A Love Story
“I don’t know if my story is grand enough to be a tragedy, although a lot of shitty stuff did happen. It is certainly a love story but that did not begin until midway through the shitty stuff, by which time I had not only lost my eight-year-old son, but also my house and studio in Sydney where I had once been famous as a painter could expect in his own backyard. . .”
So begins Peter Carey’s highly charged and lewdly funny new novel. Told by the twin voices of the artist, Butcher Bones, and his “damaged two-hundred-and-twenty-pound brother” Hugh, it recounts their adventures and troubles after Butcher’s plummeting prices and spiralling drink problem force them to retreat to New South Wales. Here the formerly famous artist is reduced to being a caretaker for his biggest collector, as well as nurse to his erratic brother.
Then the mysterious Marlene turns up in Manolo Blahniks one stormy night. Claiming that the brothers’ friend and neighbour owns an original Jacques Liebovitz, she soon sets in motion a chain of events that could be the making or ruin of them all.
Displaying Carey’s extraordinary flare for language, Theft is a love poem of a very different kind. Ranging from the rural wilds of Australia to Manhattan via Tokyo – and exploring themes of art, fraud, responsibility and redemption – this great novel will make you laugh out loud.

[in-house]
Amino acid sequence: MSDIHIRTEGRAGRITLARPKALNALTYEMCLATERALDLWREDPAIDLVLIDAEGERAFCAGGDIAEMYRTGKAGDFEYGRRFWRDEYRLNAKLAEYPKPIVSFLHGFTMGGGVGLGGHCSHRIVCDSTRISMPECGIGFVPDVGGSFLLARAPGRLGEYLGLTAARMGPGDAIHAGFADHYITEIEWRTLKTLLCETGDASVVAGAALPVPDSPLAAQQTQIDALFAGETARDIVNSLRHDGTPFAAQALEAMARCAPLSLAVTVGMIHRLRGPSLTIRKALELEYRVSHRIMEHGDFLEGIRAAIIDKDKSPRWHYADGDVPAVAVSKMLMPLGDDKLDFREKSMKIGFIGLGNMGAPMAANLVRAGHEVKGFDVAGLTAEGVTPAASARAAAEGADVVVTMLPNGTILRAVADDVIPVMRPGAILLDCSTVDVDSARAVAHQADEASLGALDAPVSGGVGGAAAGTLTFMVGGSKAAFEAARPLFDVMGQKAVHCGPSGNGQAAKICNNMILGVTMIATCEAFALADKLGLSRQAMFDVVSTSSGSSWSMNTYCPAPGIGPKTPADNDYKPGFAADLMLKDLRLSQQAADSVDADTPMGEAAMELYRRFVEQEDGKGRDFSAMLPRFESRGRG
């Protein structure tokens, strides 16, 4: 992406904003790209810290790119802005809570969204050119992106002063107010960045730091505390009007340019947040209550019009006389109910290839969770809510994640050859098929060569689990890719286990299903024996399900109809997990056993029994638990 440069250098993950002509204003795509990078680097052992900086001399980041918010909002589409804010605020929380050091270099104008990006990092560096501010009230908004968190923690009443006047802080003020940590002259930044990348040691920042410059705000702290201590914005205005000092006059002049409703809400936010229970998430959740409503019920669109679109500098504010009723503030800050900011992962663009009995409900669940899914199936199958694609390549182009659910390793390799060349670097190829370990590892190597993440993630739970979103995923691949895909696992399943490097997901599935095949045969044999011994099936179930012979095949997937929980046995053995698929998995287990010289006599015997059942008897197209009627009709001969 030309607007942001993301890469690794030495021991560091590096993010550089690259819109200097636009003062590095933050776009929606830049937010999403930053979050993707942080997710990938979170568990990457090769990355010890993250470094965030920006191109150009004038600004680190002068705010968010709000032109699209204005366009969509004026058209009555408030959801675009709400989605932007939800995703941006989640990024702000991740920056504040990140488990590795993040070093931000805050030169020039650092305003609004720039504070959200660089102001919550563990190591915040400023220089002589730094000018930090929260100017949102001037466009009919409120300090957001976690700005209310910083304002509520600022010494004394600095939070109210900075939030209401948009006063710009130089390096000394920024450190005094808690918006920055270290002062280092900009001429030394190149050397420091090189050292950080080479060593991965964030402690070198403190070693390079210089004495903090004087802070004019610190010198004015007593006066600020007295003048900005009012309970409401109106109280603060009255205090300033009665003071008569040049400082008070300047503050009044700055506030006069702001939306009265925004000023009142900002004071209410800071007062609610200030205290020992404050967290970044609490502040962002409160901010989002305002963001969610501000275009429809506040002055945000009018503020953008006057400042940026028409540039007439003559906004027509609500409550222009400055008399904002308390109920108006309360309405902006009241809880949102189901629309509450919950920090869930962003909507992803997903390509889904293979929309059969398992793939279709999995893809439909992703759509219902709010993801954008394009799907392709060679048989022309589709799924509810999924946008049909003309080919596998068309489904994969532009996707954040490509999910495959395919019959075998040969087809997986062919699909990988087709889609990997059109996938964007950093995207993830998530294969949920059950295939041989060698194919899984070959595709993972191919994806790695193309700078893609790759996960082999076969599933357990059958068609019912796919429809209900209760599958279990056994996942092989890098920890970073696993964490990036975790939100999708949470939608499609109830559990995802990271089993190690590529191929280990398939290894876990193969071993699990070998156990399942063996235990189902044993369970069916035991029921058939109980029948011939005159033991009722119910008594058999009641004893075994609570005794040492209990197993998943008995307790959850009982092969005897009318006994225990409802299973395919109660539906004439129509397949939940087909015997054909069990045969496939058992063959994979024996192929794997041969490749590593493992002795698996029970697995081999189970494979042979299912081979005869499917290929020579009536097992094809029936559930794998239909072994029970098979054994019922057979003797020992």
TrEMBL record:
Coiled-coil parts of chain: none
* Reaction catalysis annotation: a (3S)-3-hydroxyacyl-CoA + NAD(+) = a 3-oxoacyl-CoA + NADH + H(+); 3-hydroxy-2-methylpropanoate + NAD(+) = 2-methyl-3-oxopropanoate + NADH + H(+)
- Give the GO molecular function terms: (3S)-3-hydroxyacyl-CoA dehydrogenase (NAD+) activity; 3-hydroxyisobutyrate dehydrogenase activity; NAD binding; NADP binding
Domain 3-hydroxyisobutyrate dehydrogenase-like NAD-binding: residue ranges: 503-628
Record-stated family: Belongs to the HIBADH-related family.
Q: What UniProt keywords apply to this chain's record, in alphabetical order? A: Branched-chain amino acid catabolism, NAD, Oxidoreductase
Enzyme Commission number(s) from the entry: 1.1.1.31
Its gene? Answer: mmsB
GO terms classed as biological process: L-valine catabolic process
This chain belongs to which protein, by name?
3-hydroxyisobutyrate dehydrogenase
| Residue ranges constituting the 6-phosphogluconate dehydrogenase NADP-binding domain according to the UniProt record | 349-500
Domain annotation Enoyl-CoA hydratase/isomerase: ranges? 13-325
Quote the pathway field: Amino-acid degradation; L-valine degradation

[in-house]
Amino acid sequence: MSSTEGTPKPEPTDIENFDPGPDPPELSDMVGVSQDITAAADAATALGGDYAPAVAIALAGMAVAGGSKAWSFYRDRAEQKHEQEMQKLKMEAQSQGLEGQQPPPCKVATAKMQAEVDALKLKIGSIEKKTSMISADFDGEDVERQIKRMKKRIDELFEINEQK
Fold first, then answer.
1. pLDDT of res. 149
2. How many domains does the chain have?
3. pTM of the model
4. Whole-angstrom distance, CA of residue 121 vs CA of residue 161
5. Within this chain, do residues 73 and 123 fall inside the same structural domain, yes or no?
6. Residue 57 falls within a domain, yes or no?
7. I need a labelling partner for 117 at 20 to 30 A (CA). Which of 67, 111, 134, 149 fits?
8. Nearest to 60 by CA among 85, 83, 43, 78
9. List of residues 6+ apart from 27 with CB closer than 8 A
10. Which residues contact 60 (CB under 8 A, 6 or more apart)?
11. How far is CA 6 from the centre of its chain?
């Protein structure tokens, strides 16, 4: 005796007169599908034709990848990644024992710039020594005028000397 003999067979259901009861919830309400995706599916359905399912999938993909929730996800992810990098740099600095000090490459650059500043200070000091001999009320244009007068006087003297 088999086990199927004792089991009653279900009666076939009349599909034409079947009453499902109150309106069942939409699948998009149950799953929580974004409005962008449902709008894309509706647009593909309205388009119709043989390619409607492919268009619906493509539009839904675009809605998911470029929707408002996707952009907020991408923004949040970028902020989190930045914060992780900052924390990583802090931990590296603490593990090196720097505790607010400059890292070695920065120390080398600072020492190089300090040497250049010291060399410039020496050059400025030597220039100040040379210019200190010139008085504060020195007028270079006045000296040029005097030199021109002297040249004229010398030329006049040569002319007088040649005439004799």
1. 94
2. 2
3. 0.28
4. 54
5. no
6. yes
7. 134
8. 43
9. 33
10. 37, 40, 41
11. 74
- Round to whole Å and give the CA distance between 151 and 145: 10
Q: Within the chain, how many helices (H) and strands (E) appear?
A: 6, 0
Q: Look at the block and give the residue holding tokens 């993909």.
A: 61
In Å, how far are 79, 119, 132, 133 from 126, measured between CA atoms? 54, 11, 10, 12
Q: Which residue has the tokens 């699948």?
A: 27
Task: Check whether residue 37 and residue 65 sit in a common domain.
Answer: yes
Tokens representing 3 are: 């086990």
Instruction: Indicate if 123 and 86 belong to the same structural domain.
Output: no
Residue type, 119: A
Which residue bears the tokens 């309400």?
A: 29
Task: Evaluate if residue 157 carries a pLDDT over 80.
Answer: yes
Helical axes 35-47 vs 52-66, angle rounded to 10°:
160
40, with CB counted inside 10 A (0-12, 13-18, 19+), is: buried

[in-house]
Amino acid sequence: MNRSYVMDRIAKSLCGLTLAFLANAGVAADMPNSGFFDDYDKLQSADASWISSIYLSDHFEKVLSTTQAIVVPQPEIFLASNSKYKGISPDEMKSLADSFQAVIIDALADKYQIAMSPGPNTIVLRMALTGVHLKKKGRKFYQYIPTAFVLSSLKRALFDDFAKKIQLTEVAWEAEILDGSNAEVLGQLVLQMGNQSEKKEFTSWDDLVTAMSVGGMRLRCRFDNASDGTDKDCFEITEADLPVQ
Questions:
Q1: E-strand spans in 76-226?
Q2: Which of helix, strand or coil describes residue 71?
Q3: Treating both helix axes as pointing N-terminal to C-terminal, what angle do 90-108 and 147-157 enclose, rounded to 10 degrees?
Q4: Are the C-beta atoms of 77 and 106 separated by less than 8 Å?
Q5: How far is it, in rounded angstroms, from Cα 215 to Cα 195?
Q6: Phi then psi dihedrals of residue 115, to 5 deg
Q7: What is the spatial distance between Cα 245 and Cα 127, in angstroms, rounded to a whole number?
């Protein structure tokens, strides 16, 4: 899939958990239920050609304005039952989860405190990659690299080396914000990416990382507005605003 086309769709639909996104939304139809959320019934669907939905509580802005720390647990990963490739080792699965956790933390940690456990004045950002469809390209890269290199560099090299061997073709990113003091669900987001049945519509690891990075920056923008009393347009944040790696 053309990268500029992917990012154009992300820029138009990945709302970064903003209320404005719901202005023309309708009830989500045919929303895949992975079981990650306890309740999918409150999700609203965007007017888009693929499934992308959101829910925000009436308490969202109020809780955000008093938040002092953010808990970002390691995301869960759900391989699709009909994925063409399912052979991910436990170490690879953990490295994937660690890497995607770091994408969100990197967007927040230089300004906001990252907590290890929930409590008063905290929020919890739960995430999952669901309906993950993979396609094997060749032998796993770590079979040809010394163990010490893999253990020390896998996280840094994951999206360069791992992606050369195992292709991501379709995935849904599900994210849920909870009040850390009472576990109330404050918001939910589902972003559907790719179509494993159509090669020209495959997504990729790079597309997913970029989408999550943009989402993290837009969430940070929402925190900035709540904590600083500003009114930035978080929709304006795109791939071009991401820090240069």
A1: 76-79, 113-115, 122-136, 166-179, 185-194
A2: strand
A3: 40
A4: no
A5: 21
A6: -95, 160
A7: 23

From the Hardcover edition.
READ AN EXCERPT
1. Why does Peter Carey use two narrators in Theft? How do Michael and his brother Hugh regard each other? Is one a more trustworthy narrator than the other? What effects does Carey achieve though this bifurcated perspective?
2. How do the two epigraphs that precede Theft illuminate the story? In...
–Kirkus Reviews (starred review)
"Two-time Booker-winner Carey returns with a magnificent high-stakes art heist wrapped around a fraternal saga . . . Scenes in Australia, Japan and New York feature unique forms of fleecing, but setting and action are icing on the emotional core of Carey's newest masterwork."
–Publishers Weekly (starred review)
"Carey creates a whole new world in each novel, and nearly a new language, so fresh and transfixing are the voices of his narrators . . . He is at his satirical best as he mocks the venality of the international art market, and at his most tender in his spirited portrayal of daring misfits who fled the confines of working-class life 'half mad with joy' once they discovered the transformative power of art."
–Booklist (starred review)